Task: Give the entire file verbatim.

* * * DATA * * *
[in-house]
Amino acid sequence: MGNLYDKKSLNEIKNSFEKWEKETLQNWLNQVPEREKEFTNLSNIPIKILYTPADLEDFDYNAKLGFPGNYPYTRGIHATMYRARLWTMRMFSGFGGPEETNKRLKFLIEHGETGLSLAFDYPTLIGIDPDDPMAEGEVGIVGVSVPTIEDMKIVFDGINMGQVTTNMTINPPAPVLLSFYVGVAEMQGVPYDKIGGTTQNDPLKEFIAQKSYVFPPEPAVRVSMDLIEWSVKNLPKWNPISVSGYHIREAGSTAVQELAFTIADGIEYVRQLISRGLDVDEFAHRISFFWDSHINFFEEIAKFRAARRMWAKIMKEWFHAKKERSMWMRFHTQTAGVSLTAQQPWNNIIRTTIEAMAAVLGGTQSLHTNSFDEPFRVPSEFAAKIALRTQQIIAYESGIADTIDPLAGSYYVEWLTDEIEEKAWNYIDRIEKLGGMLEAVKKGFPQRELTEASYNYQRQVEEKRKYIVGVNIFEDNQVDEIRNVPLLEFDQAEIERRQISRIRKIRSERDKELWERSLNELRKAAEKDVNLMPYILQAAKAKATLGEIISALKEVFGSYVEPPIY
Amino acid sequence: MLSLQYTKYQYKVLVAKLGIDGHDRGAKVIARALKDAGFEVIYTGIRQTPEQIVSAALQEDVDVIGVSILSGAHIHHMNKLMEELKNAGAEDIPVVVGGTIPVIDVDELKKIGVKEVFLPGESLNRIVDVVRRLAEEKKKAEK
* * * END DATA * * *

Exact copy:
[in-house]
Amino acid sequence: MGNLYDKKSLNEIKNSFEKWEKETLQNWLNQVPEREKEFTNLSNIPIKILYTPADLEDFDYNAKLGFPGNYPYTRGIHATMYRARLWTMRMFSGFGGPEETNKRLKFLIEHGETGLSLAFDYPTLIGIDPDDPMAEGEVGIVGVSVPTIEDMKIVFDGINMGQVTTNMTINPPAPVLLSFYVGVAEMQGVPYDKIGGTTQNDPLKEFIAQKSYVFPPEPAVRVSMDLIEWSVKNLPKWNPISVSGYHIREAGSTAVQELAFTIADGIEYVRQLISRGLDVDEFAHRISFFWDSHINFFEEIAKFRAARRMWAKIMKEWFHAKKERSMWMRFHTQTAGVSLTAQQPWNNIIRTTIEAMAAVLGGTQSLHTNSFDEPFRVPSEFAAKIALRTQQIIAYESGIADTIDPLAGSYYVEWLTDEIEEKAWNYIDRIEKLGGMLEAVKKGFPQRELTEASYNYQRQVEEKRKYIVGVNIFEDNQVDEIRNVPLLEFDQAEIERRQISRIRKIRSERDKELWERSLNELRKAAEKDVNLMPYILQAAKAKATLGEIISALKEVFGSYVEPPIY
Amino acid sequence: MLSLQYTKYQYKVLVAKLGIDGHDRGAKVIARALKDAGFEVIYTGIRQTPEQIVSAALQEDVDVIGVSILSGAHIHHMNKLMEELKNAGAEDIPVVVGGTIPVIDVDELKKIGVKEVFLPGESLNRIVDVVRRLAEEKKKAEK